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Nitrogen Removal From Municipal Wastewater
 

Nitrogen Removal From Municipal Wastewater

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A presentation about nitrogen removal from municipal wastewater in Falmouth, Massachusetts. Presented by Amy Lowell, Assistant Wastewater Manager for the town of Falmouth, during the Buzzards Bay ...

A presentation about nitrogen removal from municipal wastewater in Falmouth, Massachusetts. Presented by Amy Lowell, Assistant Wastewater Manager for the town of Falmouth, during the Buzzards Bay Coalition's 2013 Decision Makers Workshop series. Learn more at www.savebuzzardsbay.org/DecisionMakers

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    Nitrogen Removal From Municipal Wastewater Nitrogen Removal From Municipal Wastewater Presentation Transcript

    • Nitrogen Removal from Municipal Wastewater Amy Lowell Assistant Wastewater Manager March 6th, 2013
    • Town of Falmouth Overview
    • Falmouth Wastewater Overview• ~ 3% of developed properties (~700) in town connected to Main WWTF collection system• Majority of the rest of the properties have septic systems or cesspools – WWTF handles this septage as well• Municipal New Silver Beach WWTF serves an additional ~ 200 properties• Some clusters and advanced individual systems
    • Falmouth Main WWTFOriginal WWTF Constructed in 1980s; Upgrade completed 2005
    • West Falmouth Harbor Watershed
    • Groundwater Discharge Permit Limits• 800,000 gpd (no more than 570,000 gpd from outside the West Falmouth Watershed)• Total Nitrogen: 10 mg/L daily maximum• Additional TN targets: – Effluent TN: 3 mg/L – Annual effluent TN load of no more than 5,204 lbs/year to the West Falmouth Harbor watershed• TSS / BOD: 30 mg/L• Oil / Grease: 15 mg/L• Fecal coliform 200 cfu/100 mL
    • WWTF Background• Variable influent flow and load: seasonal community + septage receiving• Flow ranges from 200,000 gpd to 700,000 gpd• Influent BOD and TSS range from < 100 to > 350 mg/L; average < 200 mg/L• Effluent BOD average < 3 mg/L, TSS average < 5 mg/L• Effluent TN average < 5 mg/L since start up; lower in past 2 yrs
    • Falmouth Main WWTF
    • Biological Nitrogen RemovalBacteria do work of nitrogen removalInfluent contains nitrogen in 2 forms: ammoniaand organic nitrogenAmmonification:Organic matter  ammonia(much of this occurs in collection system)
    • Biological Nitrogen RemovalNitrification:two-step oxidation of ammonia to nitrate bybacteria, summarized:NH4+ + 2 O2  NO3- + 2H+ + H2ORequires oxygen (and alkalinity)
    • Biological Nitrogen Removal (Continued)Denitrification:Conversion of nitrate to nitrogen gas by bacteria,summarized:6 NO3- + 5 CH3OH  5 CO2 + 3 N2 + 7 H2O + 6 OH-Requires carbon, absence of oxygen
    • SBR Phases
    • Sequencing Batch Reactor
    • Nitrogen Removal Limits• 3 mg/L is generally achievable for our WWTF• However would be concerned about enforceable 3 mg/L effluent limit because: – 3 mg/L is “limit of technology” for “enhanced nitrogen removal processes” like SBRs + denit – Insufficient flexibility for issues that arise under normal operation: variation in influent characteristics (flow, load, toxicity, etc), operator error, mechanical problems – Biological processes take time to recover, particularly in cold weather – “refractory nitrogen” – eff TKN sometimes > 3 mg/L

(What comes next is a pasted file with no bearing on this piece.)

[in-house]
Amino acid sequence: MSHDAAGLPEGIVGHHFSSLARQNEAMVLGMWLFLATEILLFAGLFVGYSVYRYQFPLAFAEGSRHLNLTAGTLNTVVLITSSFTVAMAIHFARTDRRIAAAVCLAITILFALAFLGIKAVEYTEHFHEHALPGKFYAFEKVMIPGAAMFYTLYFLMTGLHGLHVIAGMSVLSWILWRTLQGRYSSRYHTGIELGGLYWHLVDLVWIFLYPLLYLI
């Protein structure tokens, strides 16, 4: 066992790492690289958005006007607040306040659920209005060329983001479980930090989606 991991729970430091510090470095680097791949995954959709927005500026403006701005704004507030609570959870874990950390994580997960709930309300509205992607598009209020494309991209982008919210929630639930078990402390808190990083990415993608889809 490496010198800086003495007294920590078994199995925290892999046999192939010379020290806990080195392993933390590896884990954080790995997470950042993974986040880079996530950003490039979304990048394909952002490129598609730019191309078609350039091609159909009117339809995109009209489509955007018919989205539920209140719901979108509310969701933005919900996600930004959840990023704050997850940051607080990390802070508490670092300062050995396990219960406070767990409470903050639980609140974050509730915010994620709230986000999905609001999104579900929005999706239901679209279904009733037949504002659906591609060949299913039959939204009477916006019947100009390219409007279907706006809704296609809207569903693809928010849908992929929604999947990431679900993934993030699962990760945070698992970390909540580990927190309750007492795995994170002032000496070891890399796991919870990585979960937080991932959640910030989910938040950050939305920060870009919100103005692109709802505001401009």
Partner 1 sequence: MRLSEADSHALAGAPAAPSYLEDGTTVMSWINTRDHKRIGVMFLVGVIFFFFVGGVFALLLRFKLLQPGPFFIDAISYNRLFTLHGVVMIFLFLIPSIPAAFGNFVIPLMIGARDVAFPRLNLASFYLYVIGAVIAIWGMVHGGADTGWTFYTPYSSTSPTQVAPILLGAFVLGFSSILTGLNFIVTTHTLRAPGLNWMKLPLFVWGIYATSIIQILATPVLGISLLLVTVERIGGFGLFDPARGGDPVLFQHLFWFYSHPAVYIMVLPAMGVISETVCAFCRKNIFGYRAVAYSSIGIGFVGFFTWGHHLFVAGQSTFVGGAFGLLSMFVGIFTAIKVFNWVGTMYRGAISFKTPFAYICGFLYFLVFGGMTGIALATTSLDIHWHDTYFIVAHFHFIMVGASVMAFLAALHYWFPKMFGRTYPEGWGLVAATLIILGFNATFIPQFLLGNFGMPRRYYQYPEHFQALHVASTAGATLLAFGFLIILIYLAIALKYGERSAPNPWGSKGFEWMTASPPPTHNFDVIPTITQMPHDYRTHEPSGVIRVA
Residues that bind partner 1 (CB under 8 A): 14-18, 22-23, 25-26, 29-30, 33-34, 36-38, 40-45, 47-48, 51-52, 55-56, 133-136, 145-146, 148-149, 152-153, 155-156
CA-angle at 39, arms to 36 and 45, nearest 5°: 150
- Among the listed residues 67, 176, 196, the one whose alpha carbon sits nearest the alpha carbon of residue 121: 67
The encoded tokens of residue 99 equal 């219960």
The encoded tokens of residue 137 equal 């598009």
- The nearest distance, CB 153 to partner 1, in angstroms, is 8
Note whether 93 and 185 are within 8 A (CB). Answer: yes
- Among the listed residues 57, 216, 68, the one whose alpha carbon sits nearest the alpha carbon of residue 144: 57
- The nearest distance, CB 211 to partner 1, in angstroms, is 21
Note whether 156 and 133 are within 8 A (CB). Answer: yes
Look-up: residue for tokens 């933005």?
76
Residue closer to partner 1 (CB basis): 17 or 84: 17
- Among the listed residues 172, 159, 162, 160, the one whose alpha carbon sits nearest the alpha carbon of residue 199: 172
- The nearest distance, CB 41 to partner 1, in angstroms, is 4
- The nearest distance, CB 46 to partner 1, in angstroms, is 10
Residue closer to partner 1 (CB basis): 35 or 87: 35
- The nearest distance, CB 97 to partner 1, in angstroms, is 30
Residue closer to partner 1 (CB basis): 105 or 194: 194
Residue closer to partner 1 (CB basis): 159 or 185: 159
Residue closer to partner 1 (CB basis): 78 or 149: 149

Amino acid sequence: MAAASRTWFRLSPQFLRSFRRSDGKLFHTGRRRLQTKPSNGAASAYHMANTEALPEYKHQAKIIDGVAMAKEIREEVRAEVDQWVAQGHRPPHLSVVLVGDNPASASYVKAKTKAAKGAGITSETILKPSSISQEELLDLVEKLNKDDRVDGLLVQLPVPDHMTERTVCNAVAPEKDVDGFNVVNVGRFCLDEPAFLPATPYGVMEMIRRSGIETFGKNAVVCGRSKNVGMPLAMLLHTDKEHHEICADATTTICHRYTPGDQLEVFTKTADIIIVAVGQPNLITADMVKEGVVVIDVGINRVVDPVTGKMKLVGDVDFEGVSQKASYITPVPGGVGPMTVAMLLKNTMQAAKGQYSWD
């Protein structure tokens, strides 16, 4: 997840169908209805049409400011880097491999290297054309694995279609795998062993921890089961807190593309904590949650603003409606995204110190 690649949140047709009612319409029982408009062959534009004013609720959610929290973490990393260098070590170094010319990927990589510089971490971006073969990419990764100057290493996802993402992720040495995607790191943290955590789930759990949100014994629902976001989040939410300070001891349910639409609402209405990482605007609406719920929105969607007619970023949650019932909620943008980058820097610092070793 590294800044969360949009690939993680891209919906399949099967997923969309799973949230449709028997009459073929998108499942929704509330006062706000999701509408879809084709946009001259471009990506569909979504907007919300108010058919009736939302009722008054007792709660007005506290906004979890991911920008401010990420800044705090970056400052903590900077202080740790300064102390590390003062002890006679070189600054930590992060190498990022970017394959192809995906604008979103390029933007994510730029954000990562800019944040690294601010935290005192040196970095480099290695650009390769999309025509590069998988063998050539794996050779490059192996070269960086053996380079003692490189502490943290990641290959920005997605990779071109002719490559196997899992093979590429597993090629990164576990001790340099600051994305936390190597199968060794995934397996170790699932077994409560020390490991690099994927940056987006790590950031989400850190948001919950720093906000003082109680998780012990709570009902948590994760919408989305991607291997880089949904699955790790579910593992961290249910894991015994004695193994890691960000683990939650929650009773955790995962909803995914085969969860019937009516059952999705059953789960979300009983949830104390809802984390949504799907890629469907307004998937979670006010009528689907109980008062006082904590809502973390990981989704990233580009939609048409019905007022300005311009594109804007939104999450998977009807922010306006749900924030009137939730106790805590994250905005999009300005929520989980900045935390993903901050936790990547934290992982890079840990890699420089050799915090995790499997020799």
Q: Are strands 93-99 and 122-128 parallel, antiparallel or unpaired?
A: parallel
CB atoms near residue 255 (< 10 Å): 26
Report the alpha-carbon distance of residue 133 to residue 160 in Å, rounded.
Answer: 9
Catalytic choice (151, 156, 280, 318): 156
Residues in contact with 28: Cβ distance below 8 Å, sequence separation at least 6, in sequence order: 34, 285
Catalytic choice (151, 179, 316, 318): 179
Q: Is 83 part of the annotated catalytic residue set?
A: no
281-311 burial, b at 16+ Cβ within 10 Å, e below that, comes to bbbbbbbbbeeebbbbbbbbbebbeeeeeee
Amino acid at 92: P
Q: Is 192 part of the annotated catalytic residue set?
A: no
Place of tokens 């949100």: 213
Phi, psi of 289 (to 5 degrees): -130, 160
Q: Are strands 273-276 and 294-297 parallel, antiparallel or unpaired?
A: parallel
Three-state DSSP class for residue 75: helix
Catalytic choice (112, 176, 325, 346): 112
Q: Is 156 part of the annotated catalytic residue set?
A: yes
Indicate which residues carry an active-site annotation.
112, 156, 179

• Nitrogen (mg/L) 10 0 1 2 3 5 6 7 8 4 9 1/1/2011 2/1/2011 3/1/2011 4/1/2011 NH4 5/1/2011 6/1/2011 7/1/2011 NO3 8/1/2011 9/1/201110/1/2011 TKN11/1/201112/1/2011 1/1/2012 NO2 2/1/2012 3/1/2012 4/1/2012 5/1/2012 Eff TN (mg/L) 6/1/2012 7/1/2012 8/1/2012 9/1/201210/1/201211/1/2012 Falmouth WWTF Effluent Nitrogen - 2011 to Current Linear (Eff TN (mg/L))12/1/2012 1/1/2013 2/1/2013
    • The Value of Falmouth’s Estuaries Falmouth has more estuaries than any other town in Massachusetts (15 total) Home to a wide variety of marine life A focal pointfor community recreation - fishing, boating, passive enjoyment
    • Our Estuaries are in Trouble Little Pond, 1950 Little Pond, 2009Excess nitrogen is the main cause of the decline of our estuariesAt least 75% of the controllable nitrogen input comes from septic systems
    • Estimated % Wastewater Nitrogen Removal to Meet TMDLs
    • Falmouth’s Estuaries Restoration PlanApril 2011 Town Meeting unanimously passed Article17, appropriating $2.7 million to proceed with sewer design andalternative demonstration projectsVoters approved this measure on a town-wide ballot, supporting itby a 2:1 margin in every precinct.In August 2013, Board of Selectmen unanimously approved a DraftComprehensive Wastewater Management Plan (DCWMP) withthese elements and submitted it to the state.
    • Included in Plan Approved by Selectmen and Town Meeting:• Eco-toilets• Shellfish Cultivation• Permeable Reactive Barriers• Denitrifying Septic Systems• Road Runoff Remediation• Bournes Pond Inlet Widening• Lower Little Pond Sewering
    • Bournes Pond Inlet Widening• 90 foot opening provides optimal flushing• Could remove as much nitrogen as sewering over 350 homes• Cost of inlet widening is less than 40% of sewering costs• Benefits to Bournes Pond are immediate
    • Sewering Lower Little Pond Watershed An important and cost-effective project: – Little Pond is town’s most degraded estuary – Many very small lots (5000 square feet or less) – Area almost at build-out – Many homes still have cesspools
    • Lower Little Pond Collection System Preliminary Design
    • Discussion